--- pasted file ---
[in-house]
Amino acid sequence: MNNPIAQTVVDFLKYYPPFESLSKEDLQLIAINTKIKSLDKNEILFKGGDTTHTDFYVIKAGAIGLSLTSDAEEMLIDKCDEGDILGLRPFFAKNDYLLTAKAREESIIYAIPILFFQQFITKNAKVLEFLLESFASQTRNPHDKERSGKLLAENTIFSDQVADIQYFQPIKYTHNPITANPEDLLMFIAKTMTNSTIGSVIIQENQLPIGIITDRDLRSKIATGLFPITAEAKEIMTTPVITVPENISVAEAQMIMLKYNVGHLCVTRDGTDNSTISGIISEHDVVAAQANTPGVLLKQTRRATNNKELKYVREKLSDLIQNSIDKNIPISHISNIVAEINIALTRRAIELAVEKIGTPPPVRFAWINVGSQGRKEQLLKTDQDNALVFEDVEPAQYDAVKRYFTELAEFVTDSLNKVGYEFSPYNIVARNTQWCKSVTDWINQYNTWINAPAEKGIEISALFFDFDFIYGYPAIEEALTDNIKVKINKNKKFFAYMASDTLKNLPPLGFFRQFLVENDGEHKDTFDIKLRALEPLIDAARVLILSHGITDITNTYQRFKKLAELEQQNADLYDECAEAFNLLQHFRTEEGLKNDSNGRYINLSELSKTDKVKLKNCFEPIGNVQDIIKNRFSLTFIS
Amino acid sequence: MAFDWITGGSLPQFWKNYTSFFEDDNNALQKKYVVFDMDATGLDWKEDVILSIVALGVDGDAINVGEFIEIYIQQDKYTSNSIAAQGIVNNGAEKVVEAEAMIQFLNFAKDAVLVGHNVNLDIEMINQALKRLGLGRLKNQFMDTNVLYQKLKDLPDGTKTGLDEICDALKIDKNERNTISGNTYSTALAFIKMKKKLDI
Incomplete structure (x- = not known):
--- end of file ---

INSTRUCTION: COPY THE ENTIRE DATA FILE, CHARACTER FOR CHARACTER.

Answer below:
[in-house]
Amino acid sequence: MNNPIAQTVVDFLKYYPPFESLSKEDLQLIAINTKIKSLDKNEILFKGGDTTHTDFYVIKAGAIGLSLTSDAEEMLIDKCDEGDILGLRPFFAKNDYLLTAKAREESIIYAIPILFFQQFITKNAKVLEFLLESFASQTRNPHDKERSGKLLAENTIFSDQVADIQYFQPIKYTHNPITANPEDLLMFIAKTMTNSTIGSVIIQENQLPIGIITDRDLRSKIATGLFPITAEAKEIMTTPVITVPENISVAEAQMIMLKYNVGHLCVTRDGTDNSTISGIISEHDVVAAQANTPGVLLKQTRRATNNKELKYVREKLSDLIQNSIDKNIPISHISNIVAEINIALTRRAIELAVEKIGTPPPVRFAWINVGSQGRKEQLLKTDQDNALVFEDVEPAQYDAVKRYFTELAEFVTDSLNKVGYEFSPYNIVARNTQWCKSVTDWINQYNTWINAPAEKGIEISALFFDFDFIYGYPAIEEALTDNIKVKINKNKKFFAYMASDTLKNLPPLGFFRQFLVENDGEHKDTFDIKLRALEPLIDAARVLILSHGITDITNTYQRFKKLAELEQQNADLYDECAEAFNLLQHFRTEEGLKNDSNGRYINLSELSKTDKVKLKNCFEPIGNVQDIIKNRFSLTFIS
Amino acid sequence: MAFDWITGGSLPQFWKNYTSFFEDDNNALQKKYVVFDMDATGLDWKEDVILSIVALGVDGDAINVGEFIEIYIQQDKYTSNSIAAQGIVNNGAEKVVEAEAMIQFLNFAKDAVLVGHNVNLDIEMINQALKRLGLGRLKNQFMDTNVLYQKLKDLPDGTKTGLDEICDALKIDKNERNTISGNTYSTALAFIKMKKKLDI
Incomplete structure (x- = not known):